While many cells do not constitutively express tetherin, its expression can be induced by IFN-α (5
), and as such, tetherin is likely part of a general IFN-induced antiviral response. Many viral infections could potentially trigger tetherin expression, which could in turn inhibit virus dissemination. Here, we show that tetherin is capable of inhibiting the release of a variety of VLPs assembled using the structural proteins of retroviruses and filoviruses. While we have obviously not surveyed all enveloped viruses, the viral proteins used herein included those that have no sequence homology to one another, are from different virus families, are targeted to cell membranes in different ways, and exhibit different morphogenesis pathways. The fact that the release of all VLPs examined was inhibited, at least to some extent, suggests that tetherin might be a very broad antiviral factor that restricts the spread of many envelope viruses. In particular, these findings suggest that tetherin functions by targeting a component of retroviruses and filoviruses that is shared among them even in the absence of viral protein sequence homology. This idea, coupled with the fact that the tetherin protein essentially consists of two membrane anchors linked by a predicted coiled coil, makes attractive the notion that tetherin restricts particle release by “cross-linking” the viral and host lipid bilayers after budding. The striking colocalization of tetherin with VLPs at the plasma membrane is also consistent with such an idea.
The inhibition of virion release by tetherin did not lead to a dramatic accumulation of cell-associated viral proteins. The reasons for this are not clear but suggest that the VLPs that are retained by tetherin are destroyed at rate that exceeds or is not greatly different from that of their synthesis. This would likely be through endocytosis, which we and others have previously shown to be the fate of Vpu-defective HIV-1 (12
), followed by lysosomal degradation. Moreover, it may simply be the case that only a fraction of the viral protein that is synthesized is actually released as particles. Thus, the amount of viral protein that is observed in cell lysates would be determined by its intrinsic turnover rate rather than particle release versus retention.
Many enveloped viruses that bud through the plasma membrane might have been placed under evolutionary pressure to avoid or antagonize tetherin activity, as does HIV-1 by expressing Vpu. In this study, we deliberately generated VLPs using minimal viral components wherever possible to avoid the potentially confounding variable of undiscovered antagonists that might obscure tetherin activity. Nonetheless, our findings beg the question of how viruses that are intrinsically sensitive to tetherin might avoid its activity. There is at least one other example of a potential tetherin antagonist, namely, the K5 protein of Kaposi's sarcoma-associated herpesvirus, which is able to reduce steady-state levels of tetherin when overexpressed (2
). Thus, it is conceivable that accessory proteins of unknown function that are encoded by several complex retroviruses could include those that exhibit antitetherin activity. Additionally, some reports suggest that certain Env proteins, particularly those from HIV-2 and certain HIV-1 strains, exhibit Vpu-like activity (6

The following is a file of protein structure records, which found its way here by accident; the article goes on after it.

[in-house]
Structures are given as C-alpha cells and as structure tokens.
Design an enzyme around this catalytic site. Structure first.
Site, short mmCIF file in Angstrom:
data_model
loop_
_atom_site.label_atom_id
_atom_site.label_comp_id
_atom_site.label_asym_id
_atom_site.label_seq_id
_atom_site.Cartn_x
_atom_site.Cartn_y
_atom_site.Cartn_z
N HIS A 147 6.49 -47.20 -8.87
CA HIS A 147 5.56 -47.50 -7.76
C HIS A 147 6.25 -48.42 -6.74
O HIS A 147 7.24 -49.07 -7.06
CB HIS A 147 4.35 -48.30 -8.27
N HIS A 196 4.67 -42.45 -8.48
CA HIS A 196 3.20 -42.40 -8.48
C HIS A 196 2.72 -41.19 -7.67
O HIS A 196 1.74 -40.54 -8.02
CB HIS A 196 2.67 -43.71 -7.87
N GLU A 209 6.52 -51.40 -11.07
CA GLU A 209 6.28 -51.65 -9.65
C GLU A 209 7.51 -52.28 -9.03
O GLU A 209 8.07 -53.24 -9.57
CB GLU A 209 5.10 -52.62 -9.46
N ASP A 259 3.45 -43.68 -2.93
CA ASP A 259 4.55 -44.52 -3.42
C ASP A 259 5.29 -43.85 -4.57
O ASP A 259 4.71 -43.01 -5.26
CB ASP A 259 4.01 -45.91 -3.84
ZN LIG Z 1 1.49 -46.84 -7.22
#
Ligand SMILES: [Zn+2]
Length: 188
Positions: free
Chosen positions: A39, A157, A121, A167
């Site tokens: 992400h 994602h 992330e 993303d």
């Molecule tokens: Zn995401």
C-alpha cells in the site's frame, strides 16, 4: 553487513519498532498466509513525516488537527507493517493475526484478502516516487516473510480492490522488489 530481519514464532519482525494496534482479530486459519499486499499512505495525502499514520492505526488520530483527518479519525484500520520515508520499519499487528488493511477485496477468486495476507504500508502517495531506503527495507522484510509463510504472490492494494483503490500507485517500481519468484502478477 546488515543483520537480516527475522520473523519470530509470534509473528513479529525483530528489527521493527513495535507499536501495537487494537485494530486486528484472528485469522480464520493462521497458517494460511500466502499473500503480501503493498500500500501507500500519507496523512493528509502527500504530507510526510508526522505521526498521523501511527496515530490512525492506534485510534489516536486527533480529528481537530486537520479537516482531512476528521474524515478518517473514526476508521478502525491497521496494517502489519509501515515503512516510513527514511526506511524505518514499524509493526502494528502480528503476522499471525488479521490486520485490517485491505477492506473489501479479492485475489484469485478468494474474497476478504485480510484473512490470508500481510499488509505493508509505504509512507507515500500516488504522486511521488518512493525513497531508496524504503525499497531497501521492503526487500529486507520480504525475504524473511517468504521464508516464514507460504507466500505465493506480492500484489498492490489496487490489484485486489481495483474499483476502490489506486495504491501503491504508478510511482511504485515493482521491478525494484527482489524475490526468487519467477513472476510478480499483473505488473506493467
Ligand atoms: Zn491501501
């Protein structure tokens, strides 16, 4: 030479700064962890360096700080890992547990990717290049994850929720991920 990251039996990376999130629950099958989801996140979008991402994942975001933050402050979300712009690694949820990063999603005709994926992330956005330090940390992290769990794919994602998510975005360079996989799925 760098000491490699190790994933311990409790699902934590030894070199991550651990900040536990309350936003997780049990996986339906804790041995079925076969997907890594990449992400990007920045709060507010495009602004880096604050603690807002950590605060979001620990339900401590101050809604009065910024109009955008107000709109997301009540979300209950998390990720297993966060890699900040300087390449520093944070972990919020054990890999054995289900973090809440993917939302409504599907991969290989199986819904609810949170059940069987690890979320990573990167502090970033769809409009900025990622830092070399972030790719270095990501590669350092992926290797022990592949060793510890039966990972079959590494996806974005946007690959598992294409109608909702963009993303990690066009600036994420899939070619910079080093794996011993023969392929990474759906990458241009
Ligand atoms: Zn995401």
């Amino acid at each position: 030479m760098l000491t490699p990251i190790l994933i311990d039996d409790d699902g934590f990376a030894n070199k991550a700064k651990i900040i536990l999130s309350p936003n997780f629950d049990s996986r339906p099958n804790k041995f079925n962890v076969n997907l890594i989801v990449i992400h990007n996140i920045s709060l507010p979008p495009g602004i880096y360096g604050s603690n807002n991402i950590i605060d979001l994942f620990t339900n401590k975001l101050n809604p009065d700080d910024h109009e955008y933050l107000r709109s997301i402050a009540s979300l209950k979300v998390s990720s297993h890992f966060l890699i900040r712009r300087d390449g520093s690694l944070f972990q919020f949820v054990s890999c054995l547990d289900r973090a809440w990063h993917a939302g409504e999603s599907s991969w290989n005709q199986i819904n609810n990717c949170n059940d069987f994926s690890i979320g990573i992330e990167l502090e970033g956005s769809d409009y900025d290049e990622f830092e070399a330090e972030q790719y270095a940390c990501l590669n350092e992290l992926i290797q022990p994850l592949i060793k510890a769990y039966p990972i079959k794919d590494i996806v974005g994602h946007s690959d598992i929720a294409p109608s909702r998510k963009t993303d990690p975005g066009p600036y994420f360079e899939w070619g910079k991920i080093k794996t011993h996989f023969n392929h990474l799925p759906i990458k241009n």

) and could, therefore, represent tetherin antagonists. Since Env proteins are, by definition, membrane proteins, one could envisage that other viral Env proteins could possess such activities. Among the VLPs tested, MPMV was the only one for which a full-length viral genome was used to generate VLPs because previous reports indicated that Env is required for the transport of capsids to the plasma membrane for envelopment (31
). Curiously, particles generated by this construct appeared to be somewhat less sensitive to low levels of tetherin than those generated by Gag proteins of other retroviruses. Whether this is an intrinsic property of MPMV particles or is due to the presence of a tetherin antagonist in MPMV (e.g., Env) is unknown. However, we did notice that levels of tetherin expression appeared to be reduced in cells transfected with a mixture of MPMV proviral and Gag-GFP expression plasmids, hinting at the latter possibility.
Tetherin could also be avoided by viruses in the absence of a direct antagonism of its function. Viruses that do not induce a strong IFN response or attenuate the IFN response through the action of viral inhibitors may not require a tetherin antagonist, particularly if they replicate in cells or tissues that do not ordinarily express tetherin. Another possible way for enveloped viruses to avoid tetherin would be to bud through membranes, or membrane domains, from which tetherin is absent. Tetherin harbors a glycosylphosphatidylinositol anchor and may therefore be concentrated into putative cholesterol-rich domains at the plasma membrane (15
). Several enveloped viruses, including Eb and HIV-1, have been reported to assemble at cholesterol-rich plasma membrane domains (3
), and colocalization analysis of most nascent retrovirus and filovirus VLPs with tetherin revealed a good correlation between the presence of viral protein and tetherin signals at the plasma membrane. Thus, if it is indeed the case that particular membrane microdomains are selected by viruses for budding, then tetherin's localization might facilitate encounters with nascent virions. Accordingly, the intrinsic properties of viral structural proteins, in particular, the specific membrane domains to which they are targeted, might influence tetherin sensitivity. Nevertheless, these data show that tetherin can act in a very broadly specific way, as is characteristic of innate immune effector activities. An understanding of precisely how tetherin and its antagonists function could therefore provide therapeutic opportunities for a variety of viral infections.